7 EXPERIENCE RATING -- GROUP HOSP TAL-SURGICAL-MEDICAL 161 these cards summarized by coverage code, within group, for Blue Cross, Blue Shield or Major Medical. This is the so-called "billed premium". Subsequently, when reports are received from the groups themselves, the original billing figures are corrected for adds, drops and changes of coverage. Cards are cut for each item and these constitute the adjustment to group billed premium. The "adjusted billed premiums", on a monthly basis, are then summarized quarterly by billed or incurred quarter and integrated to produce the total for each of the fiscal years of the experience study separately. Upon receipt of this information, the Actuarial Department applies the proper monthly, quarterly, semi-annual or annual factors to determine the actual earned premium for the study period. Adjustments to billings for three months after the close of the two fiscal years are reflected. In the summaries of premium employed by the Actuarial Department, the total Blue Cross or Blue Shield premium for a given group is reported. Another summary is made, however, which reflects the proper totals by coverage code. This latter tabulation is used to produce exposure figures. Claim Reporting Detail I.B.M. cards are initiated upon receipt of the admission report and contain, among other information, date liability incurred and group number. Detail cards are also initiated at the time of payment containing, among other information, date liability incurred, amount of payment and group number. These are summarized by group, quarterly, for each incurred quarter. In the interest of brevity, only the card for Blue Cross is shown in Exhibit VI because this is the more complex operation. Summary claim cards are accumulated by incurred quarter to reflect paid development six months beyond the end of the policy year preceding the rating. For example; for an experience rating to be effective July 1, 1961, each of the incurred quarters, from the third of 1958 through the second of 1960, representing two fiscal years ending June 30, 1960, would be developed on a paid basis through December 31, Payment cards are always matched against admission cards so that at the end of the period of paid development the unmatched admission cards for each incurred month, separately, represent the known or incurred and reported outstanding claims. The report of monthly outstanding claims is then integrated by incurred quarters. The incurred and reported count for a group is determined by addition of quarterly accumulated paid plus outstanding as described above. The estimated ultimate experience of all business combined for the incurred quarter in question, paid through a specific date, is analyzed to produce claim count and average outstanding claim cost development factors. The estimated ultimate claim count, related to claims reported, produces a development factor. This, applied to reportings for the group in question, less the number of paid claims, produces the outstanding count. For all business combined, the average outstanding claim cost related to paid claim cost, produces the average outstanding claim cost factor. This factor, applied to the average paid claim cost for the group in question, develops the average outstanding claim cost. The product of the outstanding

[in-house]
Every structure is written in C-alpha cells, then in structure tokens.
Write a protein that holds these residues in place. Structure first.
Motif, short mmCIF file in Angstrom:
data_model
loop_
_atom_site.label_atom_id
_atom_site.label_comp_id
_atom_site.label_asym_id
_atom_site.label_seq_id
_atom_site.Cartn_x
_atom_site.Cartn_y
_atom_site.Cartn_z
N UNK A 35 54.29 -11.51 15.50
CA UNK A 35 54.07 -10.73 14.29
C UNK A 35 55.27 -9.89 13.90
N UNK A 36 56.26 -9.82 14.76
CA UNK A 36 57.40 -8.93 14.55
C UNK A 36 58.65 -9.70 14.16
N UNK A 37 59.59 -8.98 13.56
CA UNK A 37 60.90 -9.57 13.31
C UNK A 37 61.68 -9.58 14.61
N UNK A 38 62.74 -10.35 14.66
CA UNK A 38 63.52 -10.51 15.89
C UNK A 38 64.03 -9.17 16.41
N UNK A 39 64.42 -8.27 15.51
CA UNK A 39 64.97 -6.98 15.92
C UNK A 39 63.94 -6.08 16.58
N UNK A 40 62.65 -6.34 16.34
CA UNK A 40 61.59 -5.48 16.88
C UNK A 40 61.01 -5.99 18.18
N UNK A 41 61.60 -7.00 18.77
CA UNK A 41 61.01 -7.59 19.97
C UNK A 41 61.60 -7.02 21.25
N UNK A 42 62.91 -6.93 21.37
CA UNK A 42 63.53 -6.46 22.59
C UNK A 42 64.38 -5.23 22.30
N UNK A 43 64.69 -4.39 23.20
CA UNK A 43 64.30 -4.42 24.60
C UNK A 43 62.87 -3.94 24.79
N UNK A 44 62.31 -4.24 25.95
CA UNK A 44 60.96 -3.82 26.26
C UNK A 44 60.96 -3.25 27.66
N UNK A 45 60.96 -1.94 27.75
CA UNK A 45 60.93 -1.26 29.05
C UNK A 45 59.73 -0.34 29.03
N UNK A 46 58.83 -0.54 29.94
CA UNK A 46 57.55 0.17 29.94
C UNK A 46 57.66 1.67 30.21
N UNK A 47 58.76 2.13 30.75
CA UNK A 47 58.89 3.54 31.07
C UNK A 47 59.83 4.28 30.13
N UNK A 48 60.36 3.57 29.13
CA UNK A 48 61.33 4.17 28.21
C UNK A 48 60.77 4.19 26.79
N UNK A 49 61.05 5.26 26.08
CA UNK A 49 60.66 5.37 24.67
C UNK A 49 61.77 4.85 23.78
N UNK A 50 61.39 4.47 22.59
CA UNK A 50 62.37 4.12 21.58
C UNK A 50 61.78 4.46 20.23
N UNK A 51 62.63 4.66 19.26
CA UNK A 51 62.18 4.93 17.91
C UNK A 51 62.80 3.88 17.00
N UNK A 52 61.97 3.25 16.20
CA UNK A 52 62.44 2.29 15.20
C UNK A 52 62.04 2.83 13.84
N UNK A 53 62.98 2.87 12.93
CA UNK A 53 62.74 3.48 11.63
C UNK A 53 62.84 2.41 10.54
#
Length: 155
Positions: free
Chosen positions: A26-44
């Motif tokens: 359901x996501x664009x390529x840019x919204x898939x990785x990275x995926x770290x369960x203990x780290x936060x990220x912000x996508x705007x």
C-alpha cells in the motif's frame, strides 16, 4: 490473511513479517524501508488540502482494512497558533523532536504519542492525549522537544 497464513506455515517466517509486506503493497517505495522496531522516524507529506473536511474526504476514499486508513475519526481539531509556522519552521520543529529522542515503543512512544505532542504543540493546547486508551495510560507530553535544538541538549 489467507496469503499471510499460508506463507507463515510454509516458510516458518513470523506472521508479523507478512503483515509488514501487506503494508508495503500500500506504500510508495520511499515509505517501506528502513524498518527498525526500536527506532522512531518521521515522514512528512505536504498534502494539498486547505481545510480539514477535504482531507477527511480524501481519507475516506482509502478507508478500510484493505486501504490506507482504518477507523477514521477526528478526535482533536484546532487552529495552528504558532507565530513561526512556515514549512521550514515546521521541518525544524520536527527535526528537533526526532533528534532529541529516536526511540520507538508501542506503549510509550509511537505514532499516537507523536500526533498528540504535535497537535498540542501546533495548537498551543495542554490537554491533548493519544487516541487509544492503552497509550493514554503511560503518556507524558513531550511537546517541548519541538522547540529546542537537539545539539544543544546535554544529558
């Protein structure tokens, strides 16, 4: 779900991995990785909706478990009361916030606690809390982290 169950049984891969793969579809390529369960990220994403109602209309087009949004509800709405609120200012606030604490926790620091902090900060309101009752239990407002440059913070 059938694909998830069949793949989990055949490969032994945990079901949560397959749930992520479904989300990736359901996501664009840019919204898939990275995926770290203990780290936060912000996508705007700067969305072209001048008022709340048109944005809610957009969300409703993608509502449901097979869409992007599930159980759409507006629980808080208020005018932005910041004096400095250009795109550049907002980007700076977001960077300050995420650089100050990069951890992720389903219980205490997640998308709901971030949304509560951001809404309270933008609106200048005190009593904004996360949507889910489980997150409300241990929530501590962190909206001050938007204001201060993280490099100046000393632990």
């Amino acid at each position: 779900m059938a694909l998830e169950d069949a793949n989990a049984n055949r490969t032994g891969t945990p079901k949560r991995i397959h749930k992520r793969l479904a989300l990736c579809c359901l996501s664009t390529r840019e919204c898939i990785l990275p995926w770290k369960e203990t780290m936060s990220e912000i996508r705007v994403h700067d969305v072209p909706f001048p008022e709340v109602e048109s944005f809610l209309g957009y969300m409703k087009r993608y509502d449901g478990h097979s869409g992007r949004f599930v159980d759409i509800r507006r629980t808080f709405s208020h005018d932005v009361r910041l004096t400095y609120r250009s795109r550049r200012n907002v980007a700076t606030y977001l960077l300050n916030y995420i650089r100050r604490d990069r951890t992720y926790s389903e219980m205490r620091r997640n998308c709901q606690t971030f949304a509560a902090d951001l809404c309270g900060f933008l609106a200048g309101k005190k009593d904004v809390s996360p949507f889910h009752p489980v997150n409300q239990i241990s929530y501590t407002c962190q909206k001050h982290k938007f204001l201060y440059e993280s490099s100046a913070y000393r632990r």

8 162 EXPERIENCE RATING--GROUP HOSPITAL-SURGICAL-MEDICAL claim count and average outstanding claim cost is the estimated outstanding amount. This, added to the paid amount, yields the estimated ultimate amount for the particular quarter. Eight quarters, representing the two policy years of the study, are normally accumulated as the next step with sub-totals for each of the two policy years. This produces the entire claim experience over the incurred period of examination. If, within the two fiscal years, a full eight quarters are not available, the maximum number obtainable is used. DETERMINATION OF RATING ELEMENTS Permissible Loss Ratio Criteria The permissible loss ratio uscd to establish manual rates is based upon the carrier's needs to provide income for the following items: 1. Claim expenses 2. Acquisition expenses other than commissions 3. Commissions 4. General expenses 5. Taxes, licenses and fees 6. Special contingent reserves 7: Profit Usually, the ratio of these items to premiums collected for some recent period or periods will establish the normal expense, contingency and profit percentage. Subtracting this ratio from unity will produce a base permissible loss ratio for experience rating. Some of the above items vary in direct proportion to the premium; others are related to losses or depend on company policy. To the extent that the latter items remain fixed as income increases, advance discounts on new business and higher permissible loss ratios on renewal rating may be used for the larger groups. This approach establishes ranges of permissible loss ratios depending upon size of risk. To attempt to establish a universal scale of permissible loss ratios in this analysis would be out of the question. There are too many variables, particularly when one considers the basic differences in the manner of operation of stock or mutual companies and non-profit service plans. As a specific example, however, I have set up the following scale of permissible loss ratios for one Blue Cross Plan: Credibility Range Permissible Loss Ratio You will notice that this is a very abbreviated scale in comparison with that used by many insurance carriers but it should be borne in mind, here,